April 2009 Issue
All That Jazz
Columbus’ BalletMet brings “The Great Gatsby” to life.
As he celebrates his 14th season with the Columbus dance troupe BalletMet, the choreographer is putting the finishing touches on what he deems to be the most challenging assignment he’s ever received: transforming F. Scott Fitzgerald’s epic Jazz Age novel, The Great Gatsby into a 90-minute ballet.
Published in 1925, the story was lauded by critics as epitomizing the decade in which it was penned: It’s the tragic tale of a self-made millionaire who learns too late that money can’t buy happiness as he pursues the woman of his dreams.
And, like decades of high school students before him, Orrante’s initial encounter with the book was as 10th-grade required reading.
“Back then,” he confesses, “I really didn’t get the story. I kept thinking, ‘What is wrong with this guy?’”
Two decades later, however, Fitzgerald’s meaning is unmistakable. Far from dated, Orrante explains, “The Great Gatsby” mirrors aspects of today’s overindulgent society.
“Many people still free-spend and don’t care how they behave,” he says. “They are the ones who think they have what they need, but really don’t.”
While conferring with BalletMet artistic director Gerard Charles about costumes and props, Orrante reiterates his commitment to stay true to the story — albeit with a tweak or two, especially when it comes to the climactic scene in which Gatsby meets his fate in a sumptuous backyard swimming pool.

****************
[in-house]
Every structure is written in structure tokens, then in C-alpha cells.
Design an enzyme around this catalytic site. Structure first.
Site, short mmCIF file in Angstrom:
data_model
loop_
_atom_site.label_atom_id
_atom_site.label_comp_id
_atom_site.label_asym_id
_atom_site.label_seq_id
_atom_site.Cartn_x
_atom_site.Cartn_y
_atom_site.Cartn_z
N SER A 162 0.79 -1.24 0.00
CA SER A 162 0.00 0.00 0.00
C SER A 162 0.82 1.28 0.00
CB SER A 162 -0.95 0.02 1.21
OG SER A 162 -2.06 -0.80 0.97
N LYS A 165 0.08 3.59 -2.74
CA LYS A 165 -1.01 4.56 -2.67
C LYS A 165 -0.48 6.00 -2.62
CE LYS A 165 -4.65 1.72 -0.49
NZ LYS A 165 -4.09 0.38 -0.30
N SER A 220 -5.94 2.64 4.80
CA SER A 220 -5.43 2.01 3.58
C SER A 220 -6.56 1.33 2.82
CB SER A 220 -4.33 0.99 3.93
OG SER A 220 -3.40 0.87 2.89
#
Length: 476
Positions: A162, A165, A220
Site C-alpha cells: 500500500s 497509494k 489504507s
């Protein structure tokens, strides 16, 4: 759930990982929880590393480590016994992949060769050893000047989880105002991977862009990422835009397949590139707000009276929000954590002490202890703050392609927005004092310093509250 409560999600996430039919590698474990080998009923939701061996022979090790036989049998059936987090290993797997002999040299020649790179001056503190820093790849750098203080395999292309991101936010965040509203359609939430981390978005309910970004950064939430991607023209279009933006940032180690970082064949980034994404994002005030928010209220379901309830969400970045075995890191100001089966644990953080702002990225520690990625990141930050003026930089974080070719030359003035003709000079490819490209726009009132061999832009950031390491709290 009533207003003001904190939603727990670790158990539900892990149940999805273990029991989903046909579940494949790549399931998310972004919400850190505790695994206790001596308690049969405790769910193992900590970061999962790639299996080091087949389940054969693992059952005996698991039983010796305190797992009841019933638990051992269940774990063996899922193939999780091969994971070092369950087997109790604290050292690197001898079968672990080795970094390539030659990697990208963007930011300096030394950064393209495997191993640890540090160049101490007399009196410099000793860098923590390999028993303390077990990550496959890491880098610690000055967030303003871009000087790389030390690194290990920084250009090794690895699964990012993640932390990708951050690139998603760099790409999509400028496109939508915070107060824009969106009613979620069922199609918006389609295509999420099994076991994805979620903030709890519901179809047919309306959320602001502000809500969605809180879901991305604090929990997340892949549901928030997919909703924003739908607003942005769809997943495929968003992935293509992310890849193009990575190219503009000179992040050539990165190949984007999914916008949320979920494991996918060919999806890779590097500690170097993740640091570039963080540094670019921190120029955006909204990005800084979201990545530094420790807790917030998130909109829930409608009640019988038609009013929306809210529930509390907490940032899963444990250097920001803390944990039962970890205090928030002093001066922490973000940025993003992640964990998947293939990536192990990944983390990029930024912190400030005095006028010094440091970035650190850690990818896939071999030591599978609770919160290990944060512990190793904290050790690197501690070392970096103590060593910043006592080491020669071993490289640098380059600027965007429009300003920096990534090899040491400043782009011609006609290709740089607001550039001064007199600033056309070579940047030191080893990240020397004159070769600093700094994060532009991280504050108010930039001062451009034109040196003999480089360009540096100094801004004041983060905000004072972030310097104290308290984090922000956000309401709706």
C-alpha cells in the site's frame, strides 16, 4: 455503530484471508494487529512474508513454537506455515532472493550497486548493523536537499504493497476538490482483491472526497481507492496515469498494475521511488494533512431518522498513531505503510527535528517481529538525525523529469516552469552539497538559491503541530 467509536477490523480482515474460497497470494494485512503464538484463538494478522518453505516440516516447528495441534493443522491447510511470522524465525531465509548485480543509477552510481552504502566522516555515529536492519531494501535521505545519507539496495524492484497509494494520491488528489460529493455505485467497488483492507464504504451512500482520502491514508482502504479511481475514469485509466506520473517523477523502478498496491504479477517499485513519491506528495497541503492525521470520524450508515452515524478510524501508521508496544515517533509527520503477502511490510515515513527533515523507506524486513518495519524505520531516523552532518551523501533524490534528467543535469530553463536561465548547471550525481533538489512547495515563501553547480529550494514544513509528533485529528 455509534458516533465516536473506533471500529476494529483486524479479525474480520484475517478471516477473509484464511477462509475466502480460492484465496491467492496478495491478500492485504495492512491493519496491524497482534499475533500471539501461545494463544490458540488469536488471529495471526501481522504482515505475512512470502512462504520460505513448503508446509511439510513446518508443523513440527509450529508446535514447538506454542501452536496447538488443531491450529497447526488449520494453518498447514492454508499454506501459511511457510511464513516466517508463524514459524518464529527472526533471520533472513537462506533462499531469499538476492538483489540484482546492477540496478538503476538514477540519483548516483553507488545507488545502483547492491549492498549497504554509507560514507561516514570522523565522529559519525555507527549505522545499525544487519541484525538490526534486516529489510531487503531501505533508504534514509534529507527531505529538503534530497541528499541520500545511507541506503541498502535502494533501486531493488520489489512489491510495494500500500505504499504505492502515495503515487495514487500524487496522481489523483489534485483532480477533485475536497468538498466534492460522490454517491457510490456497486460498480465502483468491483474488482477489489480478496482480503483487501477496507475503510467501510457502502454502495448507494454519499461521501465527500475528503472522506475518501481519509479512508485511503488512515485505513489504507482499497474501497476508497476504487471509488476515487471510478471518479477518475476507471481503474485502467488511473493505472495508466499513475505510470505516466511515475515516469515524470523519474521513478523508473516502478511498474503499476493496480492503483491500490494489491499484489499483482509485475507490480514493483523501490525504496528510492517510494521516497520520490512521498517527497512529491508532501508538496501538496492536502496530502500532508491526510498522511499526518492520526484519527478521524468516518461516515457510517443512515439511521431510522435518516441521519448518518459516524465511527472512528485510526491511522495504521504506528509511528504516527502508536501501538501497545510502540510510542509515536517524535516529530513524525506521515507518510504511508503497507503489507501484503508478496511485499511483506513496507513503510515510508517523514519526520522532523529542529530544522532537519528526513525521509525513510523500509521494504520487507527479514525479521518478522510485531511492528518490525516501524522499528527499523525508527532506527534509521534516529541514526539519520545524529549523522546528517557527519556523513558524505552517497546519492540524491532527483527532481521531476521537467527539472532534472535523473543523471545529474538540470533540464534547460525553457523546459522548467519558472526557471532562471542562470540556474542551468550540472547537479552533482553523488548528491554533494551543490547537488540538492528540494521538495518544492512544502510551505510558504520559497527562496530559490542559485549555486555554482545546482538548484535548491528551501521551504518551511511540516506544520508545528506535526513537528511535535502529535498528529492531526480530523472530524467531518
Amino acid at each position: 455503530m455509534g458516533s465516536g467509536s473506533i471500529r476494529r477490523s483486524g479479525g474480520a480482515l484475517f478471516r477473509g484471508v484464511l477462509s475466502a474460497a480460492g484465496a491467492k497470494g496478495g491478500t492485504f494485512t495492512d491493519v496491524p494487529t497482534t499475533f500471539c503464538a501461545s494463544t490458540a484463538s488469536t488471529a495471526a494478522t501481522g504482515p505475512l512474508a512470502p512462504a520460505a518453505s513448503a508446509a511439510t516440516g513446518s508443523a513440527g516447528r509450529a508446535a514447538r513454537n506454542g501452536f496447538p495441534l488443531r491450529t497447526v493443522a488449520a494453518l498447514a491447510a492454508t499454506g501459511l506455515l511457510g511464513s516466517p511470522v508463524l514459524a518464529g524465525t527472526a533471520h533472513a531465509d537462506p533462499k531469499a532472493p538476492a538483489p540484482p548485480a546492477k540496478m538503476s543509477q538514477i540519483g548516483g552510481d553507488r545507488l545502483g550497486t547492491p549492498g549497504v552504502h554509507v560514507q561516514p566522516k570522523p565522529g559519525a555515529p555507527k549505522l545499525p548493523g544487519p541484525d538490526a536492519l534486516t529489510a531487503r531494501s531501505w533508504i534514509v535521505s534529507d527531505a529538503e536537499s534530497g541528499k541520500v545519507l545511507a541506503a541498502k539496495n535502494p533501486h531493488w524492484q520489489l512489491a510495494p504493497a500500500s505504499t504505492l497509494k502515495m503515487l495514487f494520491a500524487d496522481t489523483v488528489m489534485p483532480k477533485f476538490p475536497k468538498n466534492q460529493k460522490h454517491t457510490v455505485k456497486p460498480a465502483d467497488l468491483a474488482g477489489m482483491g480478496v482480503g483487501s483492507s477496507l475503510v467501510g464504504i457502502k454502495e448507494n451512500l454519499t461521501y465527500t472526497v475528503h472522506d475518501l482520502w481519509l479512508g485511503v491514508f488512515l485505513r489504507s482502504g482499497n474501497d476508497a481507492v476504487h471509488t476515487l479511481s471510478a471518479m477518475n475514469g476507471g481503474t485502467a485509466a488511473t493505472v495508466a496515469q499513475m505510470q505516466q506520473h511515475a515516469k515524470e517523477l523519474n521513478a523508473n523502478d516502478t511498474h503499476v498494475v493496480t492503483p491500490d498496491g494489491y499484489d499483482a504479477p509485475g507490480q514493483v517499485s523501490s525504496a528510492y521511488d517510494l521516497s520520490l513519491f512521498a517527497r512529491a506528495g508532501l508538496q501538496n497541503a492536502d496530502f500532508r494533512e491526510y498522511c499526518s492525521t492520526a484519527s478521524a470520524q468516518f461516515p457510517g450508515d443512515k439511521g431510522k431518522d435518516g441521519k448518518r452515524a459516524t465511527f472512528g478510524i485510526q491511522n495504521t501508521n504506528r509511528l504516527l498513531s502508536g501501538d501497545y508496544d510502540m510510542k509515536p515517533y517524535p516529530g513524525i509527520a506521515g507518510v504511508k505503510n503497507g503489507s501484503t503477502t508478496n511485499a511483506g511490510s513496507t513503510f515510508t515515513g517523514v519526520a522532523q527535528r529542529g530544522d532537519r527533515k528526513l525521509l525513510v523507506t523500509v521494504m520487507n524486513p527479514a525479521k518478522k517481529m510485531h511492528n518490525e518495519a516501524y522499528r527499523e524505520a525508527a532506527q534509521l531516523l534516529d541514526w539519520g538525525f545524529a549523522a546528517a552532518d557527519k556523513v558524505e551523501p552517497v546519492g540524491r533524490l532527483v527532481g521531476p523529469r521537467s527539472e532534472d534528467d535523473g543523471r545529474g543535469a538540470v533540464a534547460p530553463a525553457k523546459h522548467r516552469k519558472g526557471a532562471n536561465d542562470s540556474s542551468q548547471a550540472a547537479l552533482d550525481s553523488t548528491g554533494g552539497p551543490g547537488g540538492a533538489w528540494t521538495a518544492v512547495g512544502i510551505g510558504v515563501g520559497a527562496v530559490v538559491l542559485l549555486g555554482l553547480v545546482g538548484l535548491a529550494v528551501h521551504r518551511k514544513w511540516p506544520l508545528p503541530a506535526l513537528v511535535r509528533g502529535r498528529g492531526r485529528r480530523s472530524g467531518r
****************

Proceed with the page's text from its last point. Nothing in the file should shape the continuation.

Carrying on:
“Now obviously we need to work around that, since an inflatable pool just won’t do,” says Orrante with a smile. “But just as actors express dialogue, we’ll work together to interpret Fitzgerald’s words as movement. “Whether it’s a pas de deux or The Charleston, there’s feeling in dance.”
Ohio State University English professor Erin McGraw, agrees.
“The Great Gatsby lends itself beautifully to spectacular arts like ballet,” reflects McGraw, who teaches writing and college lit. “The book has a very simple plot, but contains very big emotions. It’s a love story tailor-made for dancers to express.”
Much like movie producer David O. Selznick must have felt making “Gone With the Wind,” in 1939, after Margaret Mitchell’s Civil War novel wowed readers and won a Pulitzer Prize, so, too, is Orrante eagerly awaiting his audience’s reaction.
“My main goal is to do justice to the novel,” he says, “and to tell a clear story that everyone can appreciate.”